Why Do Leaves Change Color?
The University of Maine Cooperative Extension shares science with Down East.
In a Native American legend, spirit hunters in the sky slew the Great Bear (a constellation) in autumn. The bear's blood, dripping on the forests, changed many leaves to red. Some trees were turned to yellow by the fat that splattered out of the kettle as the hunters cooked the meat. Other native cultures also had folklore that explained the fall colors. We now know that the color changes are caused by chemical changes that take place in the leaves as summer turns to winter.
A Chemical Process
During spring and summer, leaves serve as food factories for trees' growth. Photosynthesis, the food-making process, takes place in the numerous leaf cells that contain the green pigment chlorophyll. Chlorophyll absorbs energy from the sun and uses it to change carbon dioxide and water to sugars and starch.
In addition to chlorophyll, leaves also contain yellow and orange pigment, such as carotene: the same one that gives carrots their familiar color. For most of the year, the yellow and orange colors are hidden by the much greater amount of green pigment. In the fall, because of changes in daylight and temperature, the leaves stop producing food. As the chlorophyll breaks down, the green color disappears and the yellowish colors become visible.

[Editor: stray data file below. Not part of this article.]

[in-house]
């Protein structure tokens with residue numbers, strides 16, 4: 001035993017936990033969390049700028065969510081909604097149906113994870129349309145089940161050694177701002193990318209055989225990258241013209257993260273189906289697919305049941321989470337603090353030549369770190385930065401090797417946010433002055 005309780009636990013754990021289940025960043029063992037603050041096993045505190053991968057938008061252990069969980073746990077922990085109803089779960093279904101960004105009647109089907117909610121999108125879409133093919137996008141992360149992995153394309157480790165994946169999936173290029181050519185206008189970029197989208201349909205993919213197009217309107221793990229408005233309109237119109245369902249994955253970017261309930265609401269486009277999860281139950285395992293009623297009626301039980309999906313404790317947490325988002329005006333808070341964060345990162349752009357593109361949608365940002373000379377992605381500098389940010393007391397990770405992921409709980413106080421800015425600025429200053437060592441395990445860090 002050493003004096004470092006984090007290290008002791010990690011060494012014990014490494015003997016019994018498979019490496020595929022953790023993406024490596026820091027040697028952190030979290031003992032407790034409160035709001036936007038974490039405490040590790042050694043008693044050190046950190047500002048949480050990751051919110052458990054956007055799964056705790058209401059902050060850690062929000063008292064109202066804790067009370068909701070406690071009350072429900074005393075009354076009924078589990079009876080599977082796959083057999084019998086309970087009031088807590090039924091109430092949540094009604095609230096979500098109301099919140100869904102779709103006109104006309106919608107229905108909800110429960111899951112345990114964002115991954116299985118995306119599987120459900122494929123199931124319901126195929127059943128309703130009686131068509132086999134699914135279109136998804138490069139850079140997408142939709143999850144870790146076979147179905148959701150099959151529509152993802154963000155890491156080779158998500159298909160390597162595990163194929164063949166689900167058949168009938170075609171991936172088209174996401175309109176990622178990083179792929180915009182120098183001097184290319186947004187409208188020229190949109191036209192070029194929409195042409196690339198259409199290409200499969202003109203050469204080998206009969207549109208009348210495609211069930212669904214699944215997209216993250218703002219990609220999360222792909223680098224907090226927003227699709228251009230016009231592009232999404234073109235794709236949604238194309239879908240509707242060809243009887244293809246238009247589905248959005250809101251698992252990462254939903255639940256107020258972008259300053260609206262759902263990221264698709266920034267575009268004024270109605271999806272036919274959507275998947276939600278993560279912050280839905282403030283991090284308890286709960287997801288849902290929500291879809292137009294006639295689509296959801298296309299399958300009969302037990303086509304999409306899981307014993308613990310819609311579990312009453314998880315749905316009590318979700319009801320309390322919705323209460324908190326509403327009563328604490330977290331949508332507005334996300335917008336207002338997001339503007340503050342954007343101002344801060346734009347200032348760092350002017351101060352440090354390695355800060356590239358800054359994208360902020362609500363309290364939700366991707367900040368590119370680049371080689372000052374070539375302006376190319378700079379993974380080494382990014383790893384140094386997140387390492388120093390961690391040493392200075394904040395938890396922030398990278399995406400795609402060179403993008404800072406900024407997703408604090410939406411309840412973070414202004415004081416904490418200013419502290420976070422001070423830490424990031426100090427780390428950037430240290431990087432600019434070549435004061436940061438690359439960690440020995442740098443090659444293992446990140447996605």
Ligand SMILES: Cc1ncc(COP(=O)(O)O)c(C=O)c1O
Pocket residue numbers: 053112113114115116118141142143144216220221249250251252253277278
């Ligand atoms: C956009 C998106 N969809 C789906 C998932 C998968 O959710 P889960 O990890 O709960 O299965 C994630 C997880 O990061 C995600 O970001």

At the same time, other chemical changes are taking place. These may cause yellow or red or even blue pigments to form. Some of them give the reddish and purplish fall colors to dogwood and sumac leaves. Others give the sugar maple its brilliant orange, fiery red or yellow colors. Some trees, such as aspen, birch and hickory, show only yellow colors. Oaks are mostly brownish, while beech turns a golden bronze. Mixtures of pigments in the leaves cause the various colors during the fall season.
Fall weather conditions do play a part in the formation of autumn colors. Warm sunny days, with nighttime temperatures below 45 degrees F, raise the level of red coloration. Sugar, made in the leaves during the day, cannot move out of the leaves when the nights are cool. The trapped sugars change into the pigment anthocyanin. This pigment is usually red, but may range to violet or blue.
Trees with red or scarlet leaves in autumn include red and silver maple, flowering dogwood, sweetgum, black gum, red and scarlet oak, and sassafras.
The degree of color may vary between trees of the same species because of genetic differences. Colors can even vary on the same tree. For example, leaves directly exposed to the sun may turn red, while those on the shady side of the same tree may be yellow. The leaves of some trees may just die and turn brown, never showing any bright color.
The colors on the same tree may also vary from year to year, depending upon combinations of weather conditions. When there is a lot of warm, rainy weather in the fall, less red color can be expected. The small amount of sugar made in the limited sunlight can move out of the leaves during the warm nights. Then, no excess sugar remains in the leaves to form the red pigments.